The Sellman Plantation, located on the SERC campus, is made up of 500 acres of mainly farmland and the historic Sellman House. The area is full of history just waiting to be explored, and that is exactly what citizen scientists are doing as part of several active archaeology projects at the plantation. All of the projects study the relationship between the land and the people that lived on it. Environmental archaeology is important because it allows us to study the complex ways in which humans in the past interacted with the environment. The information citizen scientists gather could be used to address similar problems we face today.
SERC archaeologist Jim Gibb is leading this effort to explore this vast and beautiful land. There are three major research questions that examine:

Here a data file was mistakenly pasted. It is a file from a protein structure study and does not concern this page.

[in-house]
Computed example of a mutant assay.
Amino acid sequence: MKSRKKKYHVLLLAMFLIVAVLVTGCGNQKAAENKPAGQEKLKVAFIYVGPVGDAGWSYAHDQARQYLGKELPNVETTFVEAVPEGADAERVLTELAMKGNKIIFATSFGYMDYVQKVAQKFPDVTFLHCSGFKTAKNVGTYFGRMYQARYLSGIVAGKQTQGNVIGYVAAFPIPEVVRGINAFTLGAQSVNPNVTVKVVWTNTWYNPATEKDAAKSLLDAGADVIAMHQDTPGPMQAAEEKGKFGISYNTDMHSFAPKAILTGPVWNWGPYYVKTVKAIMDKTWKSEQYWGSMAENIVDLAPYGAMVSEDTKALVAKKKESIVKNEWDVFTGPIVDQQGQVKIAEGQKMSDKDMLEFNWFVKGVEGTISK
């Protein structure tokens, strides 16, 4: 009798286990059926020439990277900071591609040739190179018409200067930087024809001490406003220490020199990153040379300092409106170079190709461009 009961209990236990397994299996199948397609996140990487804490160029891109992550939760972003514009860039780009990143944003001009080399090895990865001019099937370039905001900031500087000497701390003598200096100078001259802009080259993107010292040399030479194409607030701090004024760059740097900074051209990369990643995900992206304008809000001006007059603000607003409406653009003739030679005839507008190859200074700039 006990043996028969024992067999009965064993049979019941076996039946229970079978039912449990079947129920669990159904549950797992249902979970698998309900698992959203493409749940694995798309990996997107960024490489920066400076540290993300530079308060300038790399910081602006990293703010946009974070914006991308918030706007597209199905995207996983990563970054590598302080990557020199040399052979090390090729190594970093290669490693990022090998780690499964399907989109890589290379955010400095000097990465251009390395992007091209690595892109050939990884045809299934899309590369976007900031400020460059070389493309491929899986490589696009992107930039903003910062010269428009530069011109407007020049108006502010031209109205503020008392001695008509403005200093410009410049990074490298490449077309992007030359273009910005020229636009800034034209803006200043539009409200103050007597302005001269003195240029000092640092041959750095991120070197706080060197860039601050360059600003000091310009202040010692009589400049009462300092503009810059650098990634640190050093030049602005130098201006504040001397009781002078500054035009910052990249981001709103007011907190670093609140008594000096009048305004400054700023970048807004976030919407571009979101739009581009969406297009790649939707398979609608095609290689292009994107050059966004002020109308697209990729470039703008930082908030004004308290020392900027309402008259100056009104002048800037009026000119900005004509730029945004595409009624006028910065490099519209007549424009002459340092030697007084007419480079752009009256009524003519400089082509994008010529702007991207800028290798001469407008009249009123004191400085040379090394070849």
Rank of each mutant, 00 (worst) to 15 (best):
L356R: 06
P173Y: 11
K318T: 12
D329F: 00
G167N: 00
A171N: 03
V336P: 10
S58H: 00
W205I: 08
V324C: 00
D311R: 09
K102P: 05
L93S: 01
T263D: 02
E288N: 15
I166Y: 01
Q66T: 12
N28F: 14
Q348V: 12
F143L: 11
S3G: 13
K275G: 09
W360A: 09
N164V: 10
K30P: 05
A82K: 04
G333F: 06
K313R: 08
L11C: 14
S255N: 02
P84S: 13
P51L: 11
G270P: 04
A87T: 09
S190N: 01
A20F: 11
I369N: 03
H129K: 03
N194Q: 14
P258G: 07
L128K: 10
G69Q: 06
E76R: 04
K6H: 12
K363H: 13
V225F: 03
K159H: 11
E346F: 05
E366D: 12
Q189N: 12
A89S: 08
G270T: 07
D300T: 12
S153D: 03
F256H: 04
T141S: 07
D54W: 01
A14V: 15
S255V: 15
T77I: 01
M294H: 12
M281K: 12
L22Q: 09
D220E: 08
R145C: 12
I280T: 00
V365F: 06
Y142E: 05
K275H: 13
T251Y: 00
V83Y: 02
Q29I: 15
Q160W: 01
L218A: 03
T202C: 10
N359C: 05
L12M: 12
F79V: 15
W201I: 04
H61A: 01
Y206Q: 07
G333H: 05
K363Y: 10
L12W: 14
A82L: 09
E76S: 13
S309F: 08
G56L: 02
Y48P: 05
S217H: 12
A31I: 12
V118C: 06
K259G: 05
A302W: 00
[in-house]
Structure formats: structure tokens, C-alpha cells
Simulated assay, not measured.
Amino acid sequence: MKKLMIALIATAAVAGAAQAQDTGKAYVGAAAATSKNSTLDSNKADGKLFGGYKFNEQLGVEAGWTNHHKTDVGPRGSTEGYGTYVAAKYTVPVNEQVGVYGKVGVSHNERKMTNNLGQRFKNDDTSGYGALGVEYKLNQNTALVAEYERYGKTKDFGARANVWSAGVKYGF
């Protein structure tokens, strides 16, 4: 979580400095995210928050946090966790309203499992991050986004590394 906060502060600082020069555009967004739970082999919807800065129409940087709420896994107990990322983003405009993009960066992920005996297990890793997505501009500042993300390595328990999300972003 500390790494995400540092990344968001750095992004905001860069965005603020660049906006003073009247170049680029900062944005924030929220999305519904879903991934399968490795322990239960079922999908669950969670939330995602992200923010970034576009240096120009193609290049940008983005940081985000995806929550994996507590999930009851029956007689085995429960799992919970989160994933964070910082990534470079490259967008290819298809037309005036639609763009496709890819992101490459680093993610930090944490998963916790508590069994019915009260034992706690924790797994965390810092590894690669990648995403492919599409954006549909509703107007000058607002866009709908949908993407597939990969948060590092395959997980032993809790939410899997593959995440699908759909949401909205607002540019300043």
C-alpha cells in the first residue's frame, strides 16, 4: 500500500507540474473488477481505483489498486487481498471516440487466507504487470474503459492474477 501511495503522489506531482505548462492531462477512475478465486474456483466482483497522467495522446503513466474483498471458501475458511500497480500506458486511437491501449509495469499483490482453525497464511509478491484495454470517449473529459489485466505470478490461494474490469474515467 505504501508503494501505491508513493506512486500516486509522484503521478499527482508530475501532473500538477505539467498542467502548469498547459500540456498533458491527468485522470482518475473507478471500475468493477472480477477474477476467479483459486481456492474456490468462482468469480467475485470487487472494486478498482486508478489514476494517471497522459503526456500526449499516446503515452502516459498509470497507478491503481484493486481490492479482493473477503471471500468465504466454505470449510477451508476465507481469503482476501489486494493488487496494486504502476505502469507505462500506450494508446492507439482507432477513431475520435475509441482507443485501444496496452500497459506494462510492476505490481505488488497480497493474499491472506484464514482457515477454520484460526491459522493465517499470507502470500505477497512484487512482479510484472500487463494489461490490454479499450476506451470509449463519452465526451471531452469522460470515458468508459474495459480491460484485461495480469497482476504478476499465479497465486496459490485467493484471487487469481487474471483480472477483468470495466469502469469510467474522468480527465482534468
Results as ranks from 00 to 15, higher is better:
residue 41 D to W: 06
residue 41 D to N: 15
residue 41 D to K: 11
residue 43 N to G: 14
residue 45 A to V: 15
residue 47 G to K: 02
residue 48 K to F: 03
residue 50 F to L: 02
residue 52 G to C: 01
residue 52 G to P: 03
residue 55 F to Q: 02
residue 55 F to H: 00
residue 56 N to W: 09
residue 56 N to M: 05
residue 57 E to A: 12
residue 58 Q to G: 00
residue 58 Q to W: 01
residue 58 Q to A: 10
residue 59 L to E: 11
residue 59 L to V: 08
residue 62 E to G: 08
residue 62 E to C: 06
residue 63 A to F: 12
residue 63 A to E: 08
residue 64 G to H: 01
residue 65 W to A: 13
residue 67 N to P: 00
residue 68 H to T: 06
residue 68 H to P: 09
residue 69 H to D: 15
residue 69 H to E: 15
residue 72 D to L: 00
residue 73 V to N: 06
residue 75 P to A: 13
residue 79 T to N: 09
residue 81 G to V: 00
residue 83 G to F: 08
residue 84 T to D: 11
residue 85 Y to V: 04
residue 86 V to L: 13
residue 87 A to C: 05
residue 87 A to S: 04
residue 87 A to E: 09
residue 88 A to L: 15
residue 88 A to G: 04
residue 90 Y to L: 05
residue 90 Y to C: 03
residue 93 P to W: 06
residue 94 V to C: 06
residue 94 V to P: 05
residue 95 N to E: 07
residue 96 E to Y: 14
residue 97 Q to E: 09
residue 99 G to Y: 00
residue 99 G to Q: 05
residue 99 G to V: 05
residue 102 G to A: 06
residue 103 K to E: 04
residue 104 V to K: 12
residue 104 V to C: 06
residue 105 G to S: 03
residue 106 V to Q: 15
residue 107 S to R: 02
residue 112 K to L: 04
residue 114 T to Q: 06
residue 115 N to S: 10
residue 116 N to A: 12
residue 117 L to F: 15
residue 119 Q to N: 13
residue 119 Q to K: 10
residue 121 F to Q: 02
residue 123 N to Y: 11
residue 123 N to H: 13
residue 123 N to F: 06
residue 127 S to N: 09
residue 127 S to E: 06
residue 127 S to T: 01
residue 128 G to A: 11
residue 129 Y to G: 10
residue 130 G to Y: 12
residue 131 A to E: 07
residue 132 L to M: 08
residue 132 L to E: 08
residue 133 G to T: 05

-Erosion and sedimentation
Volunteers and scientists are trying to answer these questions by digging up artifacts and examining soil at the site. If you’ve ever wanted to get involved in archaeology, check out the pages on the right for more information!
History of Sellman Plantation
The Sellman family has owned and lived on this property for almost 200 years (1729-c.1916). They sold it to the Kirkpatrick-Howat family, who owned the land until SERC acquired it in 2008. We do not know as much about the residents before the Sellmans, which is part of what the excavation hopes to uncover.
Learn more about the property in this SERC blog post.
Want to get involved?
Learn about the schedule, eligibility, and what volunteers do (and why they’re so important to this project) here.
The archaeology group hosts digs every Wednesday from 9 a.m.- 3 p.m., as well as some weekend dates. Please contact Alison Cawood (email@example.com, 443-482-2271) to sign up or for more information.